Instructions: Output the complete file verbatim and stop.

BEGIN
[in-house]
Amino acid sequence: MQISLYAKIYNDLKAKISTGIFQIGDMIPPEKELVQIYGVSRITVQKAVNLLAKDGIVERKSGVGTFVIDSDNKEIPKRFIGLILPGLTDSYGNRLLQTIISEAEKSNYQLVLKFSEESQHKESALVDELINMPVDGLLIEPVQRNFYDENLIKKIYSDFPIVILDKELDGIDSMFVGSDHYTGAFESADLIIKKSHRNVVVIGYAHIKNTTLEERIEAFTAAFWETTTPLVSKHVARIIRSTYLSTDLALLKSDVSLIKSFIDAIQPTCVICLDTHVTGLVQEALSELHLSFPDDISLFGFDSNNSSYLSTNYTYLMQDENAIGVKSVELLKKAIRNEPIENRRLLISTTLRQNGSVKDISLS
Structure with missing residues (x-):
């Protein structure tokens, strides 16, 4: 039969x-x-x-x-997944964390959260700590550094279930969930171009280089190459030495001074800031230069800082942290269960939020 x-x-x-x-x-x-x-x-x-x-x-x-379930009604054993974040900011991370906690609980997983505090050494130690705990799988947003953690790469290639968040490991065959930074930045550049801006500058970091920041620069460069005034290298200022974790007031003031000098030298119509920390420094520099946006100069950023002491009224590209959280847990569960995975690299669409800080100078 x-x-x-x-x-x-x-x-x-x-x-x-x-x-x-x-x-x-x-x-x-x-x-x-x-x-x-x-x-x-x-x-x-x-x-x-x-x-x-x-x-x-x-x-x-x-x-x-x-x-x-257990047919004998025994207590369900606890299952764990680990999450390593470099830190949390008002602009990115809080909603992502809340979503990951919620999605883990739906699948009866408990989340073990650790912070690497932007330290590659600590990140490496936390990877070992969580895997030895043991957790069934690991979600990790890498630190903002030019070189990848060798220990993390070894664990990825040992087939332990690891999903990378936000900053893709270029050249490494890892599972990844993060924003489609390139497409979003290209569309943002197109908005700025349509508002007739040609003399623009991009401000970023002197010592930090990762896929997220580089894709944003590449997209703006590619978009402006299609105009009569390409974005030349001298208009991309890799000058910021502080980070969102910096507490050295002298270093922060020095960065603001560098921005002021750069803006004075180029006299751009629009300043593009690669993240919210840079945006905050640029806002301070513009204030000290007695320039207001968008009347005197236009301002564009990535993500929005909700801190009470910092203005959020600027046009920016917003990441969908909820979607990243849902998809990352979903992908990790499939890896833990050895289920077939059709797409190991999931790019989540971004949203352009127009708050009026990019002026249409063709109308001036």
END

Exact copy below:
[in-house]
Amino acid sequence: MQISLYAKIYNDLKAKISTGIFQIGDMIPPEKELVQIYGVSRITVQKAVNLLAKDGIVERKSGVGTFVIDSDNKEIPKRFIGLILPGLTDSYGNRLLQTIISEAEKSNYQLVLKFSEESQHKESALVDELINMPVDGLLIEPVQRNFYDENLIKKIYSDFPIVILDKELDGIDSMFVGSDHYTGAFESADLIIKKSHRNVVVIGYAHIKNTTLEERIEAFTAAFWETTTPLVSKHVARIIRSTYLSTDLALLKSDVSLIKSFIDAIQPTCVICLDTHVTGLVQEALSELHLSFPDDISLFGFDSNNSSYLSTNYTYLMQDENAIGVKSVELLKKAIRNEPIENRRLLISTTLRQNGSVKDISLS
Structure with missing residues (x-):
């Protein structure tokens, strides 16, 4: 039969x-x-x-x-997944964390959260700590550094279930969930171009280089190459030495001074800031230069800082942290269960939020 x-x-x-x-x-x-x-x-x-x-x-x-379930009604054993974040900011991370906690609980997983505090050494130690705990799988947003953690790469290639968040490991065959930074930045550049801006500058970091920041620069460069005034290298200022974790007031003031000098030298119509920390420094520099946006100069950023002491009224590209959280847990569960995975690299669409800080100078 x-x-x-x-x-x-x-x-x-x-x-x-x-x-x-x-x-x-x-x-x-x-x-x-x-x-x-x-x-x-x-x-x-x-x-x-x-x-x-x-x-x-x-x-x-x-x-x-x-x-x-257990047919004998025994207590369900606890299952764990680990999450390593470099830190949390008002602009990115809080909603992502809340979503990951919620999605883990739906699948009866408990989340073990650790912070690497932007330290590659600590990140490496936390990877070992969580895997030895043991957790069934690991979600990790890498630190903002030019070189990848060798220990993390070894664990990825040992087939332990690891999903990378936000900053893709270029050249490494890892599972990844993060924003489609390139497409979003290209569309943002197109908005700025349509508002007739040609003399623009991009401000970023002197010592930090990762896929997220580089894709944003590449997209703006590619978009402006299609105009009569390409974005030349001298208009991309890799000058910021502080980070969102910096507490050295002298270093922060020095960065603001560098921005002021750069803006004075180029006299751009629009300043593009690669993240919210840079945006905050640029806002301070513009204030000290007695320039207001968008009347005197236009301002564009990535993500929005909700801190009470910092203005959020600027046009920016917003990441969908909820979607990243849902998809990352979903992908990790499939890896833990050895289920077939059709797409190991999931790019989540971004949203352009127009708050009026990019002026249409063709109308001036």